Presenting

Presenting can be scary. Whether you are giving a speech, doing stand-up, or reading a creative writing piece you wrote, it can be nerve-wracking. Almost everyone gets stage fright, even actors. But, knowing some helpful tips can get you through your presentation, and help you deliver it with a greater sense of confidence. 

Try these tips:

Breathe. This is a classic tip, but it's a good one. Running out of breath when you are performing can dishearten you, and it can decrease the quality of your performance. You need to make sure you are breathing throughout your presentation. Practice and look through your writing. Mark off natural places you can pause in your presentation. Use that pause to breathe. Just make sure you aren't gasping — that will distract your audience. 

Posture. If you're nervous, it will show, although there is some truth to the phrase, "fake it until you make it." By standing tall, pushing your shoulders back, and holding your head high, you will look more confident, and thus feel more confident. Plus, it will help with your projection.

Voice. Often we're either too quiet, or too loud; our voice is too breathy, or our voice is cracking because of nerves. In this case, practice makes perfect. Practice in the space you will be presenting in, and have someone stand in the back of the room. Project the best you can, and ask the person if they can hear you, and if your voice is at a normal pitch. Remember, you want to project, not yell. Gather your breath from your stomach, and that deep breath will help your voice carry. Plus, by breathing from your stomach, you will avoid sounding breathy. Making sure you open your mouth wide enough will also help with your projection, and with clarity. 

Moisture. Some presenters get dry lips or a dry throat and have troubles with volume. Others, when they speak for a long time, will start to get too much moisture building up in their mouth, making for an unpleasant speaking voice. Practice before you perform. Learn what happens to you. Prepare yourself with lip balm and water. If you get too much moisture, make sure you drink water to clear your mouth, and when you are speaking, find natural places where you can pause to swallow. For moisture, another tip is to make sure you open your mouth wide enough when you speak — the air will help dry your mouth out.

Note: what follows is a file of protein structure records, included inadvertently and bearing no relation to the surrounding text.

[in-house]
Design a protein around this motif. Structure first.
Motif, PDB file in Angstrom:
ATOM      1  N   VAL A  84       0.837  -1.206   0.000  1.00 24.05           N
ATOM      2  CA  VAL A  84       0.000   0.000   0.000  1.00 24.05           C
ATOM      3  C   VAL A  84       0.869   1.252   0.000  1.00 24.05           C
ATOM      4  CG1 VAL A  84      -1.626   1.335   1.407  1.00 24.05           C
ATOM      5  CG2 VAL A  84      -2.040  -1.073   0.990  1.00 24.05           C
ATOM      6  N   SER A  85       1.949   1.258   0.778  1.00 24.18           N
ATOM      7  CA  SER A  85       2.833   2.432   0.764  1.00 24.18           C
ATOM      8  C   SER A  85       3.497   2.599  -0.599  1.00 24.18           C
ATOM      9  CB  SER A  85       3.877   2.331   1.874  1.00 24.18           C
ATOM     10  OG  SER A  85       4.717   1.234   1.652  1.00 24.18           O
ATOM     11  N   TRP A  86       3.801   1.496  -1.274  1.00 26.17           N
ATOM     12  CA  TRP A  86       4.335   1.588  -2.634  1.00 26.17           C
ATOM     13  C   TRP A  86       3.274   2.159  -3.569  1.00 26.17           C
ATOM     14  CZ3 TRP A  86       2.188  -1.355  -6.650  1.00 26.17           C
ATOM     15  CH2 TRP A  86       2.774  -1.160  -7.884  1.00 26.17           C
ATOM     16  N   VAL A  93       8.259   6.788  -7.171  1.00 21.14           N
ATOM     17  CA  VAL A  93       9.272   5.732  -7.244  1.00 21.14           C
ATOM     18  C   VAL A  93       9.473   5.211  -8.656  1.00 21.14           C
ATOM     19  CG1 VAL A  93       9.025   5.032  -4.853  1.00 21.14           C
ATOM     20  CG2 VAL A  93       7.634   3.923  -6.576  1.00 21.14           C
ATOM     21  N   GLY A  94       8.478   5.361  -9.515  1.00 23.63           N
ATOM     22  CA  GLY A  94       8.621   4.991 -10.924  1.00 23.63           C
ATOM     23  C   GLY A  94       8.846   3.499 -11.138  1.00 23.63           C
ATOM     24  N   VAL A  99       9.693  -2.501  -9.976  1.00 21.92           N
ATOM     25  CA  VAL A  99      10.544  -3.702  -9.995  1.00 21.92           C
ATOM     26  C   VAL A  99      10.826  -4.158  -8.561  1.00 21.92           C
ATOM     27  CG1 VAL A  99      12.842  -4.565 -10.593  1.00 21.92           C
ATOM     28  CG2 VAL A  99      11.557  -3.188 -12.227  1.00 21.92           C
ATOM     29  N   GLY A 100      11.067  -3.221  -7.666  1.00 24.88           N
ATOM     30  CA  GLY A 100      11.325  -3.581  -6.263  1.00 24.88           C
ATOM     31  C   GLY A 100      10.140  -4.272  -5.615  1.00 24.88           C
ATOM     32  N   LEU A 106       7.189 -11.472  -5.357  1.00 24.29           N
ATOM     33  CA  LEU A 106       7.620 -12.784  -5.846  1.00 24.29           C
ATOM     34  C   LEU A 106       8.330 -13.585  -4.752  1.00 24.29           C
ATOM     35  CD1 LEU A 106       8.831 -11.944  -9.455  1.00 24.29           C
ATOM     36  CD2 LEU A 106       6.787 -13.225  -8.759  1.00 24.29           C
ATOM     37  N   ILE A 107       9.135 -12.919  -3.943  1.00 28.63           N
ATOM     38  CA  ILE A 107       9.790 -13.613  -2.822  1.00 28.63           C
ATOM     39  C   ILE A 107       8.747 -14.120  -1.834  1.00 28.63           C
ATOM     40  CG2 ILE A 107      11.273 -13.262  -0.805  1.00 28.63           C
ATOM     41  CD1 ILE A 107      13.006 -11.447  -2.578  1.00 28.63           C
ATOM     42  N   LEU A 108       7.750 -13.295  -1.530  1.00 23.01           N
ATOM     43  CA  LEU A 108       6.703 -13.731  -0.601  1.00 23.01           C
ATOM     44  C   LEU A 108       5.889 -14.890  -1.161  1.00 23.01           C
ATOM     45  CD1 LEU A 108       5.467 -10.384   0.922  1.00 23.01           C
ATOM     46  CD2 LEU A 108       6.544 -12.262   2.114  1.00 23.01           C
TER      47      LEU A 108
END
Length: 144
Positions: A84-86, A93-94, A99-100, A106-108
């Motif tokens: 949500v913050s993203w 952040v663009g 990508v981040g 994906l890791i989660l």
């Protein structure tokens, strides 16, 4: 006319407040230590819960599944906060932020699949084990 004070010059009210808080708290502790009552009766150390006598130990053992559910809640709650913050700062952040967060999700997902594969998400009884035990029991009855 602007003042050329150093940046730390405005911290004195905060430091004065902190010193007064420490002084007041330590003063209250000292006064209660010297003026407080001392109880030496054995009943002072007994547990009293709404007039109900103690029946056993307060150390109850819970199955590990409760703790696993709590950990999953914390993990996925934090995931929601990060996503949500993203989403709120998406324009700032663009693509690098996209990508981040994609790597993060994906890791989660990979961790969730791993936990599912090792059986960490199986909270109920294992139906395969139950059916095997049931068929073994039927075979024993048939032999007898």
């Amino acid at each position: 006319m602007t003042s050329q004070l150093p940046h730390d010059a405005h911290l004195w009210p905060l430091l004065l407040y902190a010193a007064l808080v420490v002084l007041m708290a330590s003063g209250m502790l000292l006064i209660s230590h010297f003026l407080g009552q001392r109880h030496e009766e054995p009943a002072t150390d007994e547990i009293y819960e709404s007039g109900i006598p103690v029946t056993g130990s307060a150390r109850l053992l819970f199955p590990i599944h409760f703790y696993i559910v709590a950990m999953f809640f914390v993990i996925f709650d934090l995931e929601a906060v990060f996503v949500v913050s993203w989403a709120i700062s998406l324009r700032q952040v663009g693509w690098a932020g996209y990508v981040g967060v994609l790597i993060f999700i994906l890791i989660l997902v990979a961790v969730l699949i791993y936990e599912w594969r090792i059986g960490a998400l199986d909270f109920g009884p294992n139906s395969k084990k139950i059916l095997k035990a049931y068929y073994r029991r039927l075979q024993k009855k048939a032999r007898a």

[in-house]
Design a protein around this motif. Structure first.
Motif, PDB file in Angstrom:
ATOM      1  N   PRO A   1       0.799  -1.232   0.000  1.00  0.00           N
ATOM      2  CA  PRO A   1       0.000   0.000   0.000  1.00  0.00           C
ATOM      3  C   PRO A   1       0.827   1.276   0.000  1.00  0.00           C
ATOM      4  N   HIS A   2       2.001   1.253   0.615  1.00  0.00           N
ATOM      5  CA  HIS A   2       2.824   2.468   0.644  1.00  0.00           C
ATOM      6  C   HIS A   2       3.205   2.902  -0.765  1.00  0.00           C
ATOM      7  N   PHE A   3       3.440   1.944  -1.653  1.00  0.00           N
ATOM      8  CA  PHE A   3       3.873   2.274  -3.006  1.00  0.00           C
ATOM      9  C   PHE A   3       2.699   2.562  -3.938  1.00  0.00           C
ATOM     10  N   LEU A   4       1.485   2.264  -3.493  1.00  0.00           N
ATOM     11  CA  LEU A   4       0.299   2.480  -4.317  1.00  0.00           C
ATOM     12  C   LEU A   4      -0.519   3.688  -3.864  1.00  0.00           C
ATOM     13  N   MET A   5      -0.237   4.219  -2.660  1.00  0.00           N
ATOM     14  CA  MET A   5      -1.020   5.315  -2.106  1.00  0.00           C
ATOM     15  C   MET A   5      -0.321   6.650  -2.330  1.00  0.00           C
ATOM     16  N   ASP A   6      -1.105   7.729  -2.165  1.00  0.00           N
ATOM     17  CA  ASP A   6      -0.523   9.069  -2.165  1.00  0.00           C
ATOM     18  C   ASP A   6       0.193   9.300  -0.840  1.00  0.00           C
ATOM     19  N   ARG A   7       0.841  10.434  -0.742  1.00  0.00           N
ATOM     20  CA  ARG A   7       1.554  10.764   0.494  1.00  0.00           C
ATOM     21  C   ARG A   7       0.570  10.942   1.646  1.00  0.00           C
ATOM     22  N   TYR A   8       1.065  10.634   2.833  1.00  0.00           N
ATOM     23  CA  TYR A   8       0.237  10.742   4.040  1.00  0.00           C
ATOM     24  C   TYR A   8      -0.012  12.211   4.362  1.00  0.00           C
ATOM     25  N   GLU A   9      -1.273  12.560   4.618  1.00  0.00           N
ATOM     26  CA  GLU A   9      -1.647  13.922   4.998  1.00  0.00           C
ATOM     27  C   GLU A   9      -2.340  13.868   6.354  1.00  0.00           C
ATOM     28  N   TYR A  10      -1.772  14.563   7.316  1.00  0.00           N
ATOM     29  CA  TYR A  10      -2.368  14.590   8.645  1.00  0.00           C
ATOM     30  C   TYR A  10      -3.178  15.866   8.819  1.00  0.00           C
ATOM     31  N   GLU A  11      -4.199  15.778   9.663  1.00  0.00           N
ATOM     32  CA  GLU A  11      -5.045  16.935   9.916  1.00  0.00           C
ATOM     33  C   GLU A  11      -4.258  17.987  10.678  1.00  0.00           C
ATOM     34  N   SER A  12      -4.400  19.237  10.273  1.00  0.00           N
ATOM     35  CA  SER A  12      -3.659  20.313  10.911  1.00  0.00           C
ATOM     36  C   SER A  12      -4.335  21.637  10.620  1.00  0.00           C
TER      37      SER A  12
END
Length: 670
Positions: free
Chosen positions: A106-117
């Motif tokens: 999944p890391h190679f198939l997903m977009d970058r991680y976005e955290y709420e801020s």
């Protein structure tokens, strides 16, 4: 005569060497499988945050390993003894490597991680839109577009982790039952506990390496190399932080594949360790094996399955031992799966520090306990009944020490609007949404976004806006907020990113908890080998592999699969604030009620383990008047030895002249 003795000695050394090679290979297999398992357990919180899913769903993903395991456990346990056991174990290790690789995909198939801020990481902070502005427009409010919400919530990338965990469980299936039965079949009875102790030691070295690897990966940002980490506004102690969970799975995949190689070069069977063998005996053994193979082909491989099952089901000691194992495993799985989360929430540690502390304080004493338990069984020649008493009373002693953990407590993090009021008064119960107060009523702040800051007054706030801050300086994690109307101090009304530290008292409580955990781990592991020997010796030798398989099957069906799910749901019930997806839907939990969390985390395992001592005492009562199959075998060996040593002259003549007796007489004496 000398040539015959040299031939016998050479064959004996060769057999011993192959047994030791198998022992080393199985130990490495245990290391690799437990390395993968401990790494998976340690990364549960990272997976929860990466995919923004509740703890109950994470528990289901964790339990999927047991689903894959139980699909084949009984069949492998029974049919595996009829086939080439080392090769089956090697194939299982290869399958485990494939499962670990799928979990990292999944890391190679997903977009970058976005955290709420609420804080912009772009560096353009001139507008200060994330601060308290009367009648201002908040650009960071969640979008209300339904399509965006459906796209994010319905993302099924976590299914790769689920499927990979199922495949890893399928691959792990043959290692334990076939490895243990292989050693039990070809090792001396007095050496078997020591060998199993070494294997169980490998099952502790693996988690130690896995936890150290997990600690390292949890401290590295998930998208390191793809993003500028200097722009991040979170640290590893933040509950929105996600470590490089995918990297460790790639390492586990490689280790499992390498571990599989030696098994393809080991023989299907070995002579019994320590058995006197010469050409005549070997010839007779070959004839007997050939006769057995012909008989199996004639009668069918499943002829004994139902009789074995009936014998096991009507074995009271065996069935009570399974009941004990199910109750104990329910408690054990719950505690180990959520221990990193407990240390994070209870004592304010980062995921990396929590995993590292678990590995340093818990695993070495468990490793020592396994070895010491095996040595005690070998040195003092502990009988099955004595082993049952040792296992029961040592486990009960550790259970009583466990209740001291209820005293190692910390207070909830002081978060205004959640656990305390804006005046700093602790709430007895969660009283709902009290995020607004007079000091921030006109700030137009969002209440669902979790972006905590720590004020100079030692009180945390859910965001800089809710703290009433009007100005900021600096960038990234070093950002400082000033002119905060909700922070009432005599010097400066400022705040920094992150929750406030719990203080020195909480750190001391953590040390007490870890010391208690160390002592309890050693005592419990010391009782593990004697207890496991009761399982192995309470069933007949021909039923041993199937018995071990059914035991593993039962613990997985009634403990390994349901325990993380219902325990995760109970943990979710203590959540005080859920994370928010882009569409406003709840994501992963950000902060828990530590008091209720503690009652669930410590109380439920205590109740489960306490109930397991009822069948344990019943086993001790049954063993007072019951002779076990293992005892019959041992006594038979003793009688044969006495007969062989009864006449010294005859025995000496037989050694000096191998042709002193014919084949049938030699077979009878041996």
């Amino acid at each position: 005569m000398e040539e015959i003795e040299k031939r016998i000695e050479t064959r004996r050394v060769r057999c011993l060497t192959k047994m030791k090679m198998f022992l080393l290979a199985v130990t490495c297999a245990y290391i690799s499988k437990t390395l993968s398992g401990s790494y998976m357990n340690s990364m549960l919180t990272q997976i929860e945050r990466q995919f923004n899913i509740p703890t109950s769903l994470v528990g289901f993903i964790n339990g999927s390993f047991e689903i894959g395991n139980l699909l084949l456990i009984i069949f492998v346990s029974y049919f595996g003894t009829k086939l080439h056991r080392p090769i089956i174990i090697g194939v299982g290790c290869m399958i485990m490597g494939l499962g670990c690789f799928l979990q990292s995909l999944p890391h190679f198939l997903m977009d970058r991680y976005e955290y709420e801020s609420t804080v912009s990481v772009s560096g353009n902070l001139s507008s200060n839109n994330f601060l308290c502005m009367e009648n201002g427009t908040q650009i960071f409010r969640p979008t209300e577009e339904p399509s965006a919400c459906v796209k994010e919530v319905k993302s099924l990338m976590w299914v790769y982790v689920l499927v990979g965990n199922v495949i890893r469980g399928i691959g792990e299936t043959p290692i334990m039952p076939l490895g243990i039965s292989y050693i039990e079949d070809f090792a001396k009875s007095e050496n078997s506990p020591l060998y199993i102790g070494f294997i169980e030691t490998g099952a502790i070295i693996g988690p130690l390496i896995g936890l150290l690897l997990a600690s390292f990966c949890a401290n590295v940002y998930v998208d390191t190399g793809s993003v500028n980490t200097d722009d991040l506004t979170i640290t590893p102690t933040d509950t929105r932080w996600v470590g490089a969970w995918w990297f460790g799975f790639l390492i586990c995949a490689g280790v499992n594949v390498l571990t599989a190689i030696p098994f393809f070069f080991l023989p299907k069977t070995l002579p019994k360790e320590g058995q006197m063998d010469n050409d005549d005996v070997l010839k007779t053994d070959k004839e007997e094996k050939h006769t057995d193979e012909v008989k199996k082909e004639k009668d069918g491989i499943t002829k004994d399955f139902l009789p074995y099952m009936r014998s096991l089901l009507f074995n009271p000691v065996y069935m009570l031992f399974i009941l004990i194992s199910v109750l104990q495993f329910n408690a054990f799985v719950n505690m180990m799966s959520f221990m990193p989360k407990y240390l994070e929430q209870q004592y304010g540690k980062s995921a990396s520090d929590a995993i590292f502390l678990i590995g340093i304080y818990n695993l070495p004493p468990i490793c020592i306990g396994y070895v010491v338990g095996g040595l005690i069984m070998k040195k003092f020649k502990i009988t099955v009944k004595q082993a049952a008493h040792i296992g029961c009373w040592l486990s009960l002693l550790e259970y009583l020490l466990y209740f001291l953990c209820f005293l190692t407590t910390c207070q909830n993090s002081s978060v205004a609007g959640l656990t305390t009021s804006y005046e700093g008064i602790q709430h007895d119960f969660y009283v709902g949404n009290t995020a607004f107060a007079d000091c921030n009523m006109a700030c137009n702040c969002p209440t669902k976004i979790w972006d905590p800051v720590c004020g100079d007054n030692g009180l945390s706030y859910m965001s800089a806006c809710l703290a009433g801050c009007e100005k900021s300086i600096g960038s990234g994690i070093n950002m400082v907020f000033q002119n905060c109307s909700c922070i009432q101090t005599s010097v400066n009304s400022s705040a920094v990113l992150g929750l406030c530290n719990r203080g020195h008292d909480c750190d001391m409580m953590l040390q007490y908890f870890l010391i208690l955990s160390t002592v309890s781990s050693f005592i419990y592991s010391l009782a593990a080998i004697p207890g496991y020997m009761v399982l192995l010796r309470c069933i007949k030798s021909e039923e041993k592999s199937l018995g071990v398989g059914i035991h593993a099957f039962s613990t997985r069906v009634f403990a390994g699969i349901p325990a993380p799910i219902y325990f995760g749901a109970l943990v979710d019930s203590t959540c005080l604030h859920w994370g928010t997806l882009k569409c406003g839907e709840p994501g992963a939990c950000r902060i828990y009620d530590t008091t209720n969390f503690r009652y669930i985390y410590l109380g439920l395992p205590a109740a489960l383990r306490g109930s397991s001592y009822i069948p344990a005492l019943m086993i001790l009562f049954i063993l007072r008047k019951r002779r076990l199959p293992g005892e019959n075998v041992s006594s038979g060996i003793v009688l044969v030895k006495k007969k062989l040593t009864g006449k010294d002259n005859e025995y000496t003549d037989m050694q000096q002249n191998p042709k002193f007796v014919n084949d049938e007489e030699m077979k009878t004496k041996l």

Feet. Someone who is constantly shifting or moving across the stage while they are talking is very distracting to the audience. Many people move or shift their weight as a nervous tick. Try to plant your feet shoulder-width apart, and only move them if it is necessary to the performance. Practice your performance a day or two before in front of a mirror — watch your feet. Learn what your feet do, and practice standing still. 

Eyes. If your eyes are darting all over the place, you will distract your audience. Yet, if you don't look at your audience at all, you might bore them! You want to find a middle ground with your eyes. If you are reading a paper, memorize your writing well enough so that you would feel comfortable enough to look up occasionally. That way, you won't be nervous about losing your place, and you can make eye contact with the audience. Pick a pattern for your eyes — such as gazing from left to right, or just looking up to the center. That way, your eyes won't be sporadic.

If you don't have a paper, and you're presenting to a very large crowd (over 30-40 people) you can just pick one to three points you will look at — and it doesn't have to be people. You can pick a point above the heads of the audience to look at, or a flag in the corner of the room. This strategy is often good for those with stage fright. 

Papers. Rustling your papers can be distracting for the audience; plus, having your face buried in your papers hinders your volume. You want to make sure you have a firm, two-handed grip on your papers. Printing on thicker paper can help stop rustling. Make sure your papers are held away from your face, but not directly in front of it. Chest level is a good place to hold your papers so they don't hinder your voice, or hide your face. Just don't hold them in front of the mic!

Mic. No one likes it when there is a sudden screech of feedback from a mic, or when someone doesn't speak loudly enough. Generally, to avoid loud accidental sounds, and to avoid being too quiet, you want a mic placed at a 45 degree angle from your mouth one step away from your body. Speak clearly, and loudly. Practicing with your mic a day before will help you get comfortable using it. 

Mistake. It happens. We all make mistakes when we perform. Though, there's one thing you have to remember when performing: you know you made a mistake, but the audience doesn't have to know. They've never heard your piece before — they don't know that wasn't supposed to happen. If you make a mistake, act natural. Don't make an upset face, don't make an "oops" sound, and don't say that you messed up. Pretend nothing happened, and just keep going. If you pretend that it was supposed to happen, the audience will think it was supposed to happen. 

[Creative Commons Lisence: Kaykaybarrie, non-commercial, https://www.flickr.com/photos/kaylajanebarrie/​ ]